The Refuge


nurse2

Well now, it has been one of those weeks and why, pray tell, why wouldn’t it be, when it is almost certainly shaping up to be one of those lives?

Do settle an argument for me: if a person walks past and blatantly ignores an item another person has left on the stairs (clearly intended to be carried up by next stair dweller), on the way up the stairs, and then runs down the stairs and trips over said same item and ends up in hospital having done something drastic to his shoulder, then it the persons OWN fault, mais non? Mais oui. Or in another words, of course it bloody is!

Dear readers I am relying on you to agree with me, for that very thing happened to in-house six foot four man last night and after much drama and fainting and vomiting, and visits from our lovely neighbours much alarmed by noise of giant man slipping down the stairs on shiny, skiddy lap top bag I left there (ahem), I took in the green pallor of his skin and carted him off to hospital post-haste, me cracking jokes all the way and him groaning and whimpering and in the kind of dreadful pain the triage nurse took terribly seriously and dosed him up and trollied him off to x-ray straight away without the usual three to four hour wait usually demanded by British accident and emergency units.

I swear this kind of drama doesn’t happen to other people on a regular basis. And so now here I am again. Wearing my nurses hat and click clucking around a man in a sling and a boy who wants me to fashion him a matching one from a scarf. Making tea on demand seeking refuge in my old stand-by: housework, while having hissy fits when my patient won’t sit still and is instead to be found crawling around the laundry room floor trying to help by mopping the floor with a cloth.

Oh yes.  When calamity strikes, I clean. I can barely help myself today. After spending most of the week at my Mums house celebrating my dads’ birthday and being utterly charmed by our darling babba Clarry, and then last night in Casualty, I have woken up this morning shocked to see how quickly these Halloween-esque cobwebs have formed in our absence. So I am a woman on a mission. A woman certain, as I have long believed, that homemaking shore’s us against ruin, and that this is no more true than when unexpected disaster threatens to hasten that ruin…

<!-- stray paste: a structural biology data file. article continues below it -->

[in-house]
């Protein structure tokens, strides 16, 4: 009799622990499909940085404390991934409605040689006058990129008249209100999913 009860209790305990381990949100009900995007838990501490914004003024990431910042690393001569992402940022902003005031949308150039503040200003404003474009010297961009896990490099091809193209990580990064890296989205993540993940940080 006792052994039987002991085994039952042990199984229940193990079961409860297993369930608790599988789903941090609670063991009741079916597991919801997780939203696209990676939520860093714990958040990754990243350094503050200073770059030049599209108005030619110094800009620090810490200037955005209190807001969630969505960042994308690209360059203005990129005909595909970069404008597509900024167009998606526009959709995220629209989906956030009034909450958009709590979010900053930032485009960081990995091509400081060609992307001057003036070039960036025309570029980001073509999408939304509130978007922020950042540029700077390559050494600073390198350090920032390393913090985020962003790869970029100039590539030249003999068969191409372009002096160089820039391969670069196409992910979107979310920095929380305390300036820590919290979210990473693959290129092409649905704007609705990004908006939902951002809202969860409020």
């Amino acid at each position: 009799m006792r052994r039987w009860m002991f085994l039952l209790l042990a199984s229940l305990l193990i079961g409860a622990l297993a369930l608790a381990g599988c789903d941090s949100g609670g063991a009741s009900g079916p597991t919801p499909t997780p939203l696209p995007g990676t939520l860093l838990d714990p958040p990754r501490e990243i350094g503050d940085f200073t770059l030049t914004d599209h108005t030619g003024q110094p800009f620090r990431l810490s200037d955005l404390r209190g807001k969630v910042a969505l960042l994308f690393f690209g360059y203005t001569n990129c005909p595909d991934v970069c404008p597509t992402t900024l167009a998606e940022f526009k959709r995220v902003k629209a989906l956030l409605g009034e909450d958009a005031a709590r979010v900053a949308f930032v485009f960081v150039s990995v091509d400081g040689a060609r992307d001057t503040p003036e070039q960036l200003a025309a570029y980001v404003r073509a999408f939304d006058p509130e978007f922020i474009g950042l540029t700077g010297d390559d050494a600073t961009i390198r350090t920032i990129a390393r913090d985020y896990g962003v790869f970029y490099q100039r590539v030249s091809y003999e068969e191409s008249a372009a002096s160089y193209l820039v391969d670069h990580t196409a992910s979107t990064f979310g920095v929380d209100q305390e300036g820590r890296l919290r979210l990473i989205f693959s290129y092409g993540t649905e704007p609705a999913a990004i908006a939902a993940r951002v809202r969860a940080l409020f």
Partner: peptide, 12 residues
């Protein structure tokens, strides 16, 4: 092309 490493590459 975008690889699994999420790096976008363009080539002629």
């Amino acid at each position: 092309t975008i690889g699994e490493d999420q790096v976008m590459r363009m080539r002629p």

Let’s not psycho-analyze this too deeply. Nor consider what kind of crazy lady truly believes it is possible to right the wrongs of her upside down world, when armed only with a pump-action bottle filled with tea-tree oil and vodka and instead consider what a blessing it is, to have the refuge that is a thorough scrub, instead of feeling the urge to tip said vodka down one’s neck when life spins, yet again, completely out of control. All then is not quite as it should be, but there will always, always be sheets to launder and a grate to polish won’t there?  

And no matter what he says: it was his OWN fault. One must always have the last word, don’t you know?

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4 comments on “The Refuge

  1. Not so sure you will like MY answer…….I was raised with…….”If it’s in your hands, you handle it….don’t leave it for someone else to pick up.”………and I just can’t get away from it!!!!! It follows me wherever I go…ACK!!!!

  2. chrissie on said:

    Happens with regularity here.I am with you hun X

  3. Annmarie on said:

    Of course it’s his fault! However, jokes are not for people in severe pain. They are for little things, like stubbing your toe.
    If he can try to mop a floor, he can get his own tea.
    All kids love to be bandaged — sling, wrapped foot, wrapped head ( pretending to have the mumps a la old shows like “The Little Rascals”) — so why wouldn’t your son?

  4. I bet there be half the dramatics if it were you in the sling. Hope the patient is well soon.